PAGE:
As the old saying goes, some of my best friends are Catholic and Jewish. Still, I find it weird that with the retirement of Supreme Court Justice John Paul Stevens, a country founded by Protestants whose population is today sixty percent Protestant, may very well be ruled by a Supreme Court without one. When other groups have at various times demanded rulers that "looked like America," I nodded and I'm still nodding today as a majority Protestant nation is about to lose its lone Protestant member on the Supreme Court.

There are limits of course to the notion that the Court should reflect America, exemplified by the singularly idiotic comment by Nebraska Republican Senator Roman Hruska who, in the course of defending President Nixon's nominee to the high court Clement Haynsworth, responded to accusations that Haynsworth was mediocre by saying "even if he is mediocre, there are a lot of mediocre judges and people and lawyers. They are entitled to a little representation, aren't they, and a little chance?"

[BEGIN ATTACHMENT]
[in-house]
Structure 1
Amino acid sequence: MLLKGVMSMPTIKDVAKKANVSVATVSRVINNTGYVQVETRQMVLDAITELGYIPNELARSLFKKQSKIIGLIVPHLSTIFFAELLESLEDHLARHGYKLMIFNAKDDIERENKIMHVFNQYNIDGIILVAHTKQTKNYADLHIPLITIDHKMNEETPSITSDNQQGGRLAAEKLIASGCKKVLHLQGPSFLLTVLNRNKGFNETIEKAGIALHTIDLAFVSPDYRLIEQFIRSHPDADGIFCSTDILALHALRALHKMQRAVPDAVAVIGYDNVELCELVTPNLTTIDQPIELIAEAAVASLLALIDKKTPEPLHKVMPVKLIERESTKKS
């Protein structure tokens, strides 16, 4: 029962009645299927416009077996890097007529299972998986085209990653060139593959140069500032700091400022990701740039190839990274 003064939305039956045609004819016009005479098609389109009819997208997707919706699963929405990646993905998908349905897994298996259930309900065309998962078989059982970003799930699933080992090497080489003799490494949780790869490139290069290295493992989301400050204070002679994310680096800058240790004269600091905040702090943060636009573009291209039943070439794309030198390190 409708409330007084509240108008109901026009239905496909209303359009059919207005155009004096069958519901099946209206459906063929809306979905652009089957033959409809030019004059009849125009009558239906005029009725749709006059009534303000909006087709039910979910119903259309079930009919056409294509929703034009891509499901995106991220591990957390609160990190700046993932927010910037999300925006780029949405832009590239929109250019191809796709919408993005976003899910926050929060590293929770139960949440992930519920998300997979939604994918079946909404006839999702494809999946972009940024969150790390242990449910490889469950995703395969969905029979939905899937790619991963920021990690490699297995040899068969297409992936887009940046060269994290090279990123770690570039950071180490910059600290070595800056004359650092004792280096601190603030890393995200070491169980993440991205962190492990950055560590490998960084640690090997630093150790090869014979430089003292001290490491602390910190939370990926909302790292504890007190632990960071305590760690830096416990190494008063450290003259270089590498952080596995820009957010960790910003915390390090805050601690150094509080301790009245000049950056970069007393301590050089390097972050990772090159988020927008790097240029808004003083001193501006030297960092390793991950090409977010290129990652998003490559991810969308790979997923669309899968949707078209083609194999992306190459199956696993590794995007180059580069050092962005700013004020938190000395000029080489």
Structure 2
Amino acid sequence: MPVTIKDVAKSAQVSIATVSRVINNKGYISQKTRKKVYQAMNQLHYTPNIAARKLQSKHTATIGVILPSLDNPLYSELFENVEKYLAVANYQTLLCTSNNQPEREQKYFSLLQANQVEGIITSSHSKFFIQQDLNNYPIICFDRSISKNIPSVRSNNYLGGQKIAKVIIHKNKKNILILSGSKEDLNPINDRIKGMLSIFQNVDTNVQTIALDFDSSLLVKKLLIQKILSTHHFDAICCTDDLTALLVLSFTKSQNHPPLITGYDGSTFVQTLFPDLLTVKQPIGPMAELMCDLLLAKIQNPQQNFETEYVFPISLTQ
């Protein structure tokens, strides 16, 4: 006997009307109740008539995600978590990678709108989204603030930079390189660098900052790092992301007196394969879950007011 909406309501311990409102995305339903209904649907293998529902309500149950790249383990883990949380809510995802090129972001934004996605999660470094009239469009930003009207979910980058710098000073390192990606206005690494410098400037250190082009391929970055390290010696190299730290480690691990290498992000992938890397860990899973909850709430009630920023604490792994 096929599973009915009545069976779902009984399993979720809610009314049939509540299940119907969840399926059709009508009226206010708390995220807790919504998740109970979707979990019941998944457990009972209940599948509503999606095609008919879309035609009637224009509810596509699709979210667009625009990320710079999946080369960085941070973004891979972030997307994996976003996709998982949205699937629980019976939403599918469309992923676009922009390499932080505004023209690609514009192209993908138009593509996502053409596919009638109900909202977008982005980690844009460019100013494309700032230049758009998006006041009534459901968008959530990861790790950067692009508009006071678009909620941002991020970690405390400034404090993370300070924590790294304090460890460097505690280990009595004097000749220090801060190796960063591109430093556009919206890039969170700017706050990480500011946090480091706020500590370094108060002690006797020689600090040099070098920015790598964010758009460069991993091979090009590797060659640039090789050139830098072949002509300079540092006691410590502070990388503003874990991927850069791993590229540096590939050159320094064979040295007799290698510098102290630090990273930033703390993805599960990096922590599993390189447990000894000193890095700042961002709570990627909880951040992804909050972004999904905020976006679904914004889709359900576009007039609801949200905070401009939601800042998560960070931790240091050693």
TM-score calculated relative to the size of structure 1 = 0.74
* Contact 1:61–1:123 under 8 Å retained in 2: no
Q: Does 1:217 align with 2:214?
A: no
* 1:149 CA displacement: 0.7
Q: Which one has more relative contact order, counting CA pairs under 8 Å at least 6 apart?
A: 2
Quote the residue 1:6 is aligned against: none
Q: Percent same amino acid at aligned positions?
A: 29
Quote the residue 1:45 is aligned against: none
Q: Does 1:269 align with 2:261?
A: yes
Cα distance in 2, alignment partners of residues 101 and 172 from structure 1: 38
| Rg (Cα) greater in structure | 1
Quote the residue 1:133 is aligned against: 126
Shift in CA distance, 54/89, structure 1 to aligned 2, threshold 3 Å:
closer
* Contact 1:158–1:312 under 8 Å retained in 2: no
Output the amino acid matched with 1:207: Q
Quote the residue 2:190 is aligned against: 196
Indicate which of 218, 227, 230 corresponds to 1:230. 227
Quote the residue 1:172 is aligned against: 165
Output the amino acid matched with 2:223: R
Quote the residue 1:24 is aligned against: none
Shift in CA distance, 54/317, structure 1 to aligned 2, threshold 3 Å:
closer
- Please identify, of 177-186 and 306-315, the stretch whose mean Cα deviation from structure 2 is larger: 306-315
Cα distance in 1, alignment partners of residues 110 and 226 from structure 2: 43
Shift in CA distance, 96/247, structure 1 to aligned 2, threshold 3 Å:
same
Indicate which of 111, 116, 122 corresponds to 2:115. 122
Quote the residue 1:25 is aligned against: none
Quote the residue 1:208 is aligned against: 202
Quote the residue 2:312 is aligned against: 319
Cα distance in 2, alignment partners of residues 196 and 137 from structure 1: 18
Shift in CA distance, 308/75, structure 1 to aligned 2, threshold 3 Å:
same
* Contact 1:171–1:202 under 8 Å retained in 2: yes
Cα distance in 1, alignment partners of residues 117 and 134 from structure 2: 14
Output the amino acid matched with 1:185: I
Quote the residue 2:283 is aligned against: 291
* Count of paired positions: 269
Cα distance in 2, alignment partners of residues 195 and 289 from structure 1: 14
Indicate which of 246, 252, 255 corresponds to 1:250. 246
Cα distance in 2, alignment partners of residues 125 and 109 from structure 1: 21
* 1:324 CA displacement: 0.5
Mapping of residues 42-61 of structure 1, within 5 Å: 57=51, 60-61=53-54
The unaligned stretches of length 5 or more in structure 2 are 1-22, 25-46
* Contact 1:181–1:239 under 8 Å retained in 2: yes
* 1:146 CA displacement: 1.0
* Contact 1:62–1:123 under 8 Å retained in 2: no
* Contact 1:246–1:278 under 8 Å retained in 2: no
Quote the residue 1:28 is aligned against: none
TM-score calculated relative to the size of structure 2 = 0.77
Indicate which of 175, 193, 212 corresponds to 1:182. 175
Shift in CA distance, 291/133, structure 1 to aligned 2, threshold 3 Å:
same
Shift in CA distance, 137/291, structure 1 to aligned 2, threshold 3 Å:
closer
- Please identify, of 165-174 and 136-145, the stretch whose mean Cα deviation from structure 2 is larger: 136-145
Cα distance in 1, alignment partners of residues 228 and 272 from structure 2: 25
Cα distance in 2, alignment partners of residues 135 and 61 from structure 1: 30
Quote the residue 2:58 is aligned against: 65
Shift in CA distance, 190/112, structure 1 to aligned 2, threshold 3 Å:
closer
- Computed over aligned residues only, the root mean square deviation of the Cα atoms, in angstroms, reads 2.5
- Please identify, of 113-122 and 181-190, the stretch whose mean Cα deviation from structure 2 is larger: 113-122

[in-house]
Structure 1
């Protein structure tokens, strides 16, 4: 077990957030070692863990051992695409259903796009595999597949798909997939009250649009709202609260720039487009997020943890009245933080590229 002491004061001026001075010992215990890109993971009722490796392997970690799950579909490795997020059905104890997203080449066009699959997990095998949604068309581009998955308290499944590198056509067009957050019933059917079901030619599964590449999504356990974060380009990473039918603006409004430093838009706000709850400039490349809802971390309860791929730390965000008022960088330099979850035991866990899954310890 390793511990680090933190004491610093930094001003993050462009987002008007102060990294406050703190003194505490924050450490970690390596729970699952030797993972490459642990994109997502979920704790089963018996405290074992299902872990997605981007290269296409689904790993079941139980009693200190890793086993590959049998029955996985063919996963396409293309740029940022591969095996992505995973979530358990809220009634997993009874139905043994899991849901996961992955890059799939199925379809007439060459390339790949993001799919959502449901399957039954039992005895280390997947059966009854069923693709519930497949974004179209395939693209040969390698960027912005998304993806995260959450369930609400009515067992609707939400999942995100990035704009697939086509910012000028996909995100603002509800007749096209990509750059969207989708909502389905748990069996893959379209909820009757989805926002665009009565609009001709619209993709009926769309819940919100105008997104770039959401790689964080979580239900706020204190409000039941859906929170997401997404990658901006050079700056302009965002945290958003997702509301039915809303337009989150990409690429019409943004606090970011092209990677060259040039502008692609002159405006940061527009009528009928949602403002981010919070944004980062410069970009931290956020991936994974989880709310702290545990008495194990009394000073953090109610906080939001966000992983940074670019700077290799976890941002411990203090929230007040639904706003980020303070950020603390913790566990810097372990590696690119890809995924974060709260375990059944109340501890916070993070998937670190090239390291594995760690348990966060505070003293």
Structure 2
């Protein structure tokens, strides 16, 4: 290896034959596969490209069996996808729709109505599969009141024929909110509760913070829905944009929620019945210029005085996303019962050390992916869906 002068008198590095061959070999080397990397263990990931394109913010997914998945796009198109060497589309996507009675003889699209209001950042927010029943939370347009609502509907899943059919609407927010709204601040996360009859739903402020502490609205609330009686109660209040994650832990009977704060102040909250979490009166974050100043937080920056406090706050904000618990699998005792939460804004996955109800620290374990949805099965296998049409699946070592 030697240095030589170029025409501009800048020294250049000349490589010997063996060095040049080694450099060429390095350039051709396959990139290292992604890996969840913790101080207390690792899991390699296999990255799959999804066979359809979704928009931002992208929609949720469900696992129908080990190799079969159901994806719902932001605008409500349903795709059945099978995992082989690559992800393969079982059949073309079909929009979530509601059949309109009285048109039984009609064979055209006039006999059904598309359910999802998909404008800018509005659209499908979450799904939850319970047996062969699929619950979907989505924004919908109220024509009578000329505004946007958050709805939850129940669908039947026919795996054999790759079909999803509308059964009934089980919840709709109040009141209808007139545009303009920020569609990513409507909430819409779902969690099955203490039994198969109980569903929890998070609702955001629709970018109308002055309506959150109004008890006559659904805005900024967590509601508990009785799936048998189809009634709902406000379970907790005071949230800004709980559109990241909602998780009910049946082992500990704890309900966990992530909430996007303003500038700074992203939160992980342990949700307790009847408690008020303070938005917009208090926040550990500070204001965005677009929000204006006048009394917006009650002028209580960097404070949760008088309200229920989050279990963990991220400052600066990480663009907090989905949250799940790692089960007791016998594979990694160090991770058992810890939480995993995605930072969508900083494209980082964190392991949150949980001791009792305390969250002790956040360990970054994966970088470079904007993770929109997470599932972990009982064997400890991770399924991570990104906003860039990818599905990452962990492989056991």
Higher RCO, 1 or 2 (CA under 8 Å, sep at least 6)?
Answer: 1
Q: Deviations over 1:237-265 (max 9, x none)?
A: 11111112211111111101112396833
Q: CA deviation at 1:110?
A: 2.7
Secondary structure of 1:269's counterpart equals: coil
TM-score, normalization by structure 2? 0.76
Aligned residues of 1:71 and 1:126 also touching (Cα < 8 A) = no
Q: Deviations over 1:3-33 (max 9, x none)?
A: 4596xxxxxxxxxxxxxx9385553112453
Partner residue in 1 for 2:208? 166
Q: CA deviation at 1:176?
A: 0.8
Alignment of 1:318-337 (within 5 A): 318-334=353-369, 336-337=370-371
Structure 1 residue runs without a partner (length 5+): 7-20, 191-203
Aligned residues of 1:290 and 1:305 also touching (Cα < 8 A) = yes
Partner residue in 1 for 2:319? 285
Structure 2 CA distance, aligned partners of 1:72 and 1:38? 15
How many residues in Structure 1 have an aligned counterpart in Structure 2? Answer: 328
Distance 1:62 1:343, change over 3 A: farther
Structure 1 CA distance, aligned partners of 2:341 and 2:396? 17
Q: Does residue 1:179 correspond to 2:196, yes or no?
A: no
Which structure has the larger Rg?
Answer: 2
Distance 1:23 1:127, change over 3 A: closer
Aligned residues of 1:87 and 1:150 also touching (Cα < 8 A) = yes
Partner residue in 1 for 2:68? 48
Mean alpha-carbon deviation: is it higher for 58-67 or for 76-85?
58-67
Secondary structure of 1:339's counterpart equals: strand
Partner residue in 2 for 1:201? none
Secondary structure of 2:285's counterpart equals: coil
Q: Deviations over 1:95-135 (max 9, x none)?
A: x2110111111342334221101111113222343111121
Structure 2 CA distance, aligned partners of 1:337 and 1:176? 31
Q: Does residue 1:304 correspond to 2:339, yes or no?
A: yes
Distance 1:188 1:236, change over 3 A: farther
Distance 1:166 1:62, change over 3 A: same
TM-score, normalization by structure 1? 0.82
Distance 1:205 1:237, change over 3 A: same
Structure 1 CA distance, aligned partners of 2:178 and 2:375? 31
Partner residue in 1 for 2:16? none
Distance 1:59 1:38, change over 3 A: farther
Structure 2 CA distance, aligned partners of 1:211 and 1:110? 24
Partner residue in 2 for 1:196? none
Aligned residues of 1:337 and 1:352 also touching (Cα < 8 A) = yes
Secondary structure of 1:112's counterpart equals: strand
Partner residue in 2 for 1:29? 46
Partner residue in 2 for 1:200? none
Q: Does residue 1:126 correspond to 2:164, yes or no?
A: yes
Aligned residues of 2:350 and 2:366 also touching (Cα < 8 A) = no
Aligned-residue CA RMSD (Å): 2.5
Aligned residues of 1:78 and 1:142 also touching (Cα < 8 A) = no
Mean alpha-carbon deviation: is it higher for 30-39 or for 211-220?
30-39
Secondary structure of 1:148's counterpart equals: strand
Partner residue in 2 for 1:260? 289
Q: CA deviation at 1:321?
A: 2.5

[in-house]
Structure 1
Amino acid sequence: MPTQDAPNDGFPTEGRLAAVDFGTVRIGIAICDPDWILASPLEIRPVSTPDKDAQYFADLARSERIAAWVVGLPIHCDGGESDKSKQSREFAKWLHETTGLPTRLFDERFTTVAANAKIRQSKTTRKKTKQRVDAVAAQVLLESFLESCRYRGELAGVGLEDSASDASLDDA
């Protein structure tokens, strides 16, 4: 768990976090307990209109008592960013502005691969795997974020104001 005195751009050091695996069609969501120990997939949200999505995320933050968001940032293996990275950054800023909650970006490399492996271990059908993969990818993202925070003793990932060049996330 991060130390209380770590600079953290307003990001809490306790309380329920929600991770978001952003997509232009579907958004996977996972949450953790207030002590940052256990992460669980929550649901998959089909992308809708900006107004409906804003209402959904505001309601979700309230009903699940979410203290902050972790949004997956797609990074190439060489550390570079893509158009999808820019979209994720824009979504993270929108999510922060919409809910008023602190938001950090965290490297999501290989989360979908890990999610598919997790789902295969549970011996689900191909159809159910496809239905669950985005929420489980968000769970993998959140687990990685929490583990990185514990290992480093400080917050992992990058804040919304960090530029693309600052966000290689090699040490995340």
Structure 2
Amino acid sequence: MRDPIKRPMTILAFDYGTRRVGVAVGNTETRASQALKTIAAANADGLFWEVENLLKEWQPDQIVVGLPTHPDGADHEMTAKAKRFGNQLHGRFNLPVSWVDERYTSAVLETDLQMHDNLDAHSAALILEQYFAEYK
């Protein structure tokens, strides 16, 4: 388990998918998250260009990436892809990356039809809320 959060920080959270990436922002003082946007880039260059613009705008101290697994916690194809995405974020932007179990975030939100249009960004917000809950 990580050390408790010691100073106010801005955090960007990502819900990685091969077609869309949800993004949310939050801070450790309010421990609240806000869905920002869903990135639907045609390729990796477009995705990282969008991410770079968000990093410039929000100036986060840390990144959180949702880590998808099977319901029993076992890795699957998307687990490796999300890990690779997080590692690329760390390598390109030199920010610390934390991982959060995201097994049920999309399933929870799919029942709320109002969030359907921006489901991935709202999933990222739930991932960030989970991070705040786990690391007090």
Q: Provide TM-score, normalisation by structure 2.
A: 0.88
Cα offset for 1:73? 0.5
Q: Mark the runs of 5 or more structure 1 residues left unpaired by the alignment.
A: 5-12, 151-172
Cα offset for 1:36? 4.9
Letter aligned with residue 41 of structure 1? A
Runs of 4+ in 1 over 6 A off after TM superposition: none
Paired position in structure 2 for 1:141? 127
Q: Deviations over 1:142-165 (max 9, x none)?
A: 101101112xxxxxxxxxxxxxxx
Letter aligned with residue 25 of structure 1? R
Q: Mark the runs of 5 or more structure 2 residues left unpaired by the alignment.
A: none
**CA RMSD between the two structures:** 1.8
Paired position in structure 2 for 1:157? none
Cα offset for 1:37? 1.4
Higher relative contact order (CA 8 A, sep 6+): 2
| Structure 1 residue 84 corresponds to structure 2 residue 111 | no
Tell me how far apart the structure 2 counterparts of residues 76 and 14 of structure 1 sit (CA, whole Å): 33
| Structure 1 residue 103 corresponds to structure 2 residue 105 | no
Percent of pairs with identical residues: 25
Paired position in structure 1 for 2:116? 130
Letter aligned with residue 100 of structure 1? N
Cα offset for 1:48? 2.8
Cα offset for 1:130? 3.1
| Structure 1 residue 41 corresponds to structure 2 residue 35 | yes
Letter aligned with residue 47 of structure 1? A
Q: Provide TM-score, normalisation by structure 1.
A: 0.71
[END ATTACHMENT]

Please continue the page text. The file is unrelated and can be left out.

While mediocre people aren't entitled to proportionate representation on the Court, and though I'd never argue that the court should be made up exactly of five women, six Protestants, one African-American etc., it remains troubling that a political culture that champions diversity is on the verge of having a Supreme Court that doesn't share the religious views of nearly two-thirds of its population.

Mark Joseph is a producer, author and editor of Bullypulpit.com

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